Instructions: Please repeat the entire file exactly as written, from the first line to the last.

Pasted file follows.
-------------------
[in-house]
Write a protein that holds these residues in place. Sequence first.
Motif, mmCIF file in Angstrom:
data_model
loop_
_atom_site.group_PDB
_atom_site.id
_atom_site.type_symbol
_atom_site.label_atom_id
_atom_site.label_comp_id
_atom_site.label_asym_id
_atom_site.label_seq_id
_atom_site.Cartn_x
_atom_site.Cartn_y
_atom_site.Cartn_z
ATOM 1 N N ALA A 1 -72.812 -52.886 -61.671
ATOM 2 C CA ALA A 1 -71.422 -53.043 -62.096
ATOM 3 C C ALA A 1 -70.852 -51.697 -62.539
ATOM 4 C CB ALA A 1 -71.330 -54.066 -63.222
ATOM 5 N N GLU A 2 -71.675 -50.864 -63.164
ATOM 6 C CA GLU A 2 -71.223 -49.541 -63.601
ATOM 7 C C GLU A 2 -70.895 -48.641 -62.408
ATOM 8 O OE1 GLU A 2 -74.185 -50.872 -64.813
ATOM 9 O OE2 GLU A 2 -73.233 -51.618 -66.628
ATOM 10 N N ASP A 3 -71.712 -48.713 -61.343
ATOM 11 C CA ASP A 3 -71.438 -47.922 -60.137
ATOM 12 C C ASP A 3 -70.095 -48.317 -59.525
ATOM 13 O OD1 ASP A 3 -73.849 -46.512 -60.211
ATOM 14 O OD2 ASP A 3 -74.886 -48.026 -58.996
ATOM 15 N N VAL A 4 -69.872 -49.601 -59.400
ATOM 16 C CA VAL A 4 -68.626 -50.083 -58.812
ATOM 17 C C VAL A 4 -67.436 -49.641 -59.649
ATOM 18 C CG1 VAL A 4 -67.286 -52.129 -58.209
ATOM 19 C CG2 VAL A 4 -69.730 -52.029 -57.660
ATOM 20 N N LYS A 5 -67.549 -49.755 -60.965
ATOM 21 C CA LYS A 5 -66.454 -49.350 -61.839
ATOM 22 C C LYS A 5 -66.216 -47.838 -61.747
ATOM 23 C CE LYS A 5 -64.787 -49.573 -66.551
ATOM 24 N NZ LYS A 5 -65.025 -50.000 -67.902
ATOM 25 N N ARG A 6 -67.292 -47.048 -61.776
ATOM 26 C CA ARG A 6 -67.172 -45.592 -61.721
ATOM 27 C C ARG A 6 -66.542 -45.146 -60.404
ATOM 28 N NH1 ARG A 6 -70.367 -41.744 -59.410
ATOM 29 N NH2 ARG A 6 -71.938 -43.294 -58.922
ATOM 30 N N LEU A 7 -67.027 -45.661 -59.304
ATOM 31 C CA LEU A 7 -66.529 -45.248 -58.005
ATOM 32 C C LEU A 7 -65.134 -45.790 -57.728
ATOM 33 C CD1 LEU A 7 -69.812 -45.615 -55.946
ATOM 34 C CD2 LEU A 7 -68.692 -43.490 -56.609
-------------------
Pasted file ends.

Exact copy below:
[in-house]
Write a protein that holds these residues in place. Sequence first.
Motif, mmCIF file in Angstrom:
data_model
loop_
_atom_site.group_PDB
_atom_site.id
_atom_site.type_symbol
_atom_site.label_atom_id
_atom_site.label_comp_id
_atom_site.label_asym_id
_atom_site.label_seq_id
_atom_site.Cartn_x
_atom_site.Cartn_y
_atom_site.Cartn_z
ATOM 1 N N ALA A 1 -72.812 -52.886 -61.671
ATOM 2 C CA ALA A 1 -71.422 -53.043 -62.096
ATOM 3 C C ALA A 1 -70.852 -51.697 -62.539
ATOM 4 C CB ALA A 1 -71.330 -54.066 -63.222
ATOM 5 N N GLU A 2 -71.675 -50.864 -63.164
ATOM 6 C CA GLU A 2 -71.223 -49.541 -63.601
ATOM 7 C C GLU A 2 -70.895 -48.641 -62.408
ATOM 8 O OE1 GLU A 2 -74.185 -50.872 -64.813
ATOM 9 O OE2 GLU A 2 -73.233 -51.618 -66.628
ATOM 10 N N ASP A 3 -71.712 -48.713 -61.343
ATOM 11 C CA ASP A 3 -71.438 -47.922 -60.137
ATOM 12 C C ASP A 3 -70.095 -48.317 -59.525
ATOM 13 O OD1 ASP A 3 -73.849 -46.512 -60.211
ATOM 14 O OD2 ASP A 3 -74.886 -48.026 -58.996
ATOM 15 N N VAL A 4 -69.872 -49.601 -59.400
ATOM 16 C CA VAL A 4 -68.626 -50.083 -58.812
ATOM 17 C C VAL A 4 -67.436 -49.641 -59.649
ATOM 18 C CG1 VAL A 4 -67.286 -52.129 -58.209
ATOM 19 C CG2 VAL A 4 -69.730 -52.029 -57.660
ATOM 20 N N LYS A 5 -67.549 -49.755 -60.965
ATOM 21 C CA LYS A 5 -66.454 -49.350 -61.839
ATOM 22 C C LYS A 5 -66.216 -47.838 -61.747
ATOM 23 C CE LYS A 5 -64.787 -49.573 -66.551
ATOM 24 N NZ LYS A 5 -65.025 -50.000 -67.902
ATOM 25 N N ARG A 6 -67.292 -47.048 -61.776
ATOM 26 C CA ARG A 6 -67.172 -45.592 -61.721
ATOM 27 C C ARG A 6 -66.542 -45.146 -60.404
ATOM 28 N NH1 ARG A 6 -70.367 -41.744 -59.410
ATOM 29 N NH2 ARG A 6 -71.938 -43.294 -58.922
ATOM 30 N N LEU A 7 -67.027 -45.661 -59.304
ATOM 31 C CA LEU A 7 -66.529 -45.248 -58.005
ATOM 32 C C LEU A 7 -65.134 -45.790 -57.728
ATOM 33 C CD1 LEU A 7 -69.812 -45.615 -55.946
ATOM 34 C CD2 LEU A 7 -68.692 -43.490 -56.609